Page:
That said, the XDM 4.5 10mm is entering a segment of the handgun market that is likely to get more crowded as more people are warming up to the 10mm Auto as a cartridge. And they should; it has a lot going for it.
The beauty of 10mm is it’s versatility. You can load it light and punch a whole lot of paper. Light loads, being basically a .40 S&W with a longer case, are also good for self-defense. Or, if desired, you can go up to heavy loads for handgun hunting, bear defense, or just carrying a stouter load.
It isn’t an auto-loading equivalent of .44 Magnum (.460 Rowland is) so don’t fool yourself. It’s closer to the truth to say that 10mm Auto fills the gap between .357 Magnum and .41 Magnum. The 10mm does qualify for Major power factor in competitive shooting as well, which 9x19mm does not. Since this pistol holds 15+1 of them, that certainly would be a good use for it.
But there are a lot more 10mm pistols floating around these days. Not too long ago, your choices were 10mm Glocks and the Delta Elite by Colt. Those are still around, of course. Springfield has added 10mm options to its 1911 pistols (the TRP 5-in and 6-in models and the Range Officer Elite Operator) as well. In fact, darn near everyone and their brother makes a 10mm 1911 these days; you can get high-end custom 1911 pistols in that chambering even on down to some budget options such as those made by Rock Island Armory.
A few 10mm revolvers are coming out as well, such as Ruger’s GP100 Match Champion in that chambering.
More and more pistols in 10mm are hitting the market, so the XDM 4.5-in 10mm is already one of many that compete for your money. Each has its own list of pros and cons as well as their own best-intended use.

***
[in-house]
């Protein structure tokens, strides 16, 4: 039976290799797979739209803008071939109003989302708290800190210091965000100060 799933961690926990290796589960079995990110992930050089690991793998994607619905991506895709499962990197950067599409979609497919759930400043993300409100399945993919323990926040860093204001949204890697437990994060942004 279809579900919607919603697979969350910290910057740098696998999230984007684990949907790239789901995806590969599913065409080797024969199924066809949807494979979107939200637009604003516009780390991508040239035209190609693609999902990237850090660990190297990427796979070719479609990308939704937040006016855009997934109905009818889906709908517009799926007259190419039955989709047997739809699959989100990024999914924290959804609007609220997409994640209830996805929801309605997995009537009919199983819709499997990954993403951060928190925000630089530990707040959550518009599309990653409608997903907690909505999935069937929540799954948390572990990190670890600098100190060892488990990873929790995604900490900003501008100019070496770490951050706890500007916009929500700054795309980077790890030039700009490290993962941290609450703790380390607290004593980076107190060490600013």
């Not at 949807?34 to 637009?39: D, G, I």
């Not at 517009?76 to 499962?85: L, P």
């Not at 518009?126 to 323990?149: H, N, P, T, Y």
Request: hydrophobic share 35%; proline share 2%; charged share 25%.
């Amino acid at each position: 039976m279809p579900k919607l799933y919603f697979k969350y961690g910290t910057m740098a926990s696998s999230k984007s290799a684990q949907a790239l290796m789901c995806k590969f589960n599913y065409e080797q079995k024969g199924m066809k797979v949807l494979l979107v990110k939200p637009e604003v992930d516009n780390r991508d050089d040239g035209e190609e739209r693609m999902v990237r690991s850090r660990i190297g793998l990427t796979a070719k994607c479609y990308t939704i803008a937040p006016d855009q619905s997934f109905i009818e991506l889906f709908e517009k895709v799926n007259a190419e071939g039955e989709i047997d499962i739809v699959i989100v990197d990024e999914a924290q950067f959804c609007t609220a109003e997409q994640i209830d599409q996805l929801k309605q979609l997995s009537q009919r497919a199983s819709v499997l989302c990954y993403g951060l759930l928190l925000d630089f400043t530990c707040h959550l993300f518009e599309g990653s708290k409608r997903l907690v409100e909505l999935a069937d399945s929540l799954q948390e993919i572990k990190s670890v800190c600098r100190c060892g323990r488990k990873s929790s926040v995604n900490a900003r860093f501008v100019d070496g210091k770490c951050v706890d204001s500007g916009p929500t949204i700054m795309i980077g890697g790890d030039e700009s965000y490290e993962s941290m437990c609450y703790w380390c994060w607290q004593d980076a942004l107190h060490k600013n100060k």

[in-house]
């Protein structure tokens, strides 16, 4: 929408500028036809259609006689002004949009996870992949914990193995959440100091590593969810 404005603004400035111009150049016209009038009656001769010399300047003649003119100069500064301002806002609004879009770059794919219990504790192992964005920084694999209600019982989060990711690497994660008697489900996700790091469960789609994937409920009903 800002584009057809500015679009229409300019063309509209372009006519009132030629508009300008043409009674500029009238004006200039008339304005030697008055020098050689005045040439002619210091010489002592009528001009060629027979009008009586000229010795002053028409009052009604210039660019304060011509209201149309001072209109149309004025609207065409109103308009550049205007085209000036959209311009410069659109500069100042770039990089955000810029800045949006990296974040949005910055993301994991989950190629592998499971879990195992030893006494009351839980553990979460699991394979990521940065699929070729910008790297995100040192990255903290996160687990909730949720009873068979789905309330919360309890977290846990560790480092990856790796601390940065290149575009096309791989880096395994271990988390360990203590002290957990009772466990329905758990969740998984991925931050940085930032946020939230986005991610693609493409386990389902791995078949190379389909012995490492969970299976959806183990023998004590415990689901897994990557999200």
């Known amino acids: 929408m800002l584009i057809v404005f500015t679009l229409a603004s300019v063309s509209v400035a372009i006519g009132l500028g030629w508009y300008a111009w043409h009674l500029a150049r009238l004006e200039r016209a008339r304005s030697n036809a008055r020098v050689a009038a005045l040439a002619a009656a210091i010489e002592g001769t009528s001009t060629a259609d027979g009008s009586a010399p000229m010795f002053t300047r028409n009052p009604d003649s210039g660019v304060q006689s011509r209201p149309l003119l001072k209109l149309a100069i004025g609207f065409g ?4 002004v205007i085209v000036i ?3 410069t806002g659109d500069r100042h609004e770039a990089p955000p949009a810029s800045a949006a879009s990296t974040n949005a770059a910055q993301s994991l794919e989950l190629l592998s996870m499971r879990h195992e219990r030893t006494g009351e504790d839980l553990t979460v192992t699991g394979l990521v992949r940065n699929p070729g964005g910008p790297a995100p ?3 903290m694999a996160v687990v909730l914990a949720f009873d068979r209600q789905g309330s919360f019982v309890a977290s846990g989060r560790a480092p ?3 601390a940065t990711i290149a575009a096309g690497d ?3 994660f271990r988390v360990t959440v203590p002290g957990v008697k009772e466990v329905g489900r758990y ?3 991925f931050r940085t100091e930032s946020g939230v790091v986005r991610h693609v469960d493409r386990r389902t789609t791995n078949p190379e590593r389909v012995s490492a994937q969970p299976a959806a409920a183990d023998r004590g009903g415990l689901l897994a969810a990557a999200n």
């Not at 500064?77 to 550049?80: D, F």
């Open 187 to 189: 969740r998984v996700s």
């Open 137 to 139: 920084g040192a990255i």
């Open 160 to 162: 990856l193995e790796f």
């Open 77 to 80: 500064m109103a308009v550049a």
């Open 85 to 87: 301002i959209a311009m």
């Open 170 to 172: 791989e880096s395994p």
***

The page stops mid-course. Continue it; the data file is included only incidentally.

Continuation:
What is the best-use for the XDM 10mm? If it were me, I’d get it for use as a range or competition gun rather than a carry gun, but you can certainly use it for much more if you wanted. (I’d get a 1911 in this chambering if the aim was a CCW pistol.) Loaded with the harder stuff, it would make a good open-carry gun for the backcountry. With optics, it would make a decent hunting handgun though longslide models are a bit better for that purpose.
It sounds a little weird to say I’d get a 1911 over the XDM, but the reason why is that Ol’ Slabsides is thinner. It tucks into and rides against the side a little easier. I also happen to like them more than I like most other pistols, so it’s pretty much for my own subjective reasons. As it happens, Rock Island Armory makes Commander frame pistols in 10mm, so if I were to want a 10mm carry pistol…that would probably be the gun I got for that purpose, due to the dimensions and my affinity for that platform.
In short, if you wanted to get your toe in the 10mm waters without spending too much and sticking to the poly-striker format or avoiding the 1911 system, this would be a great pistol to get.
Source: Alien Gear Holsters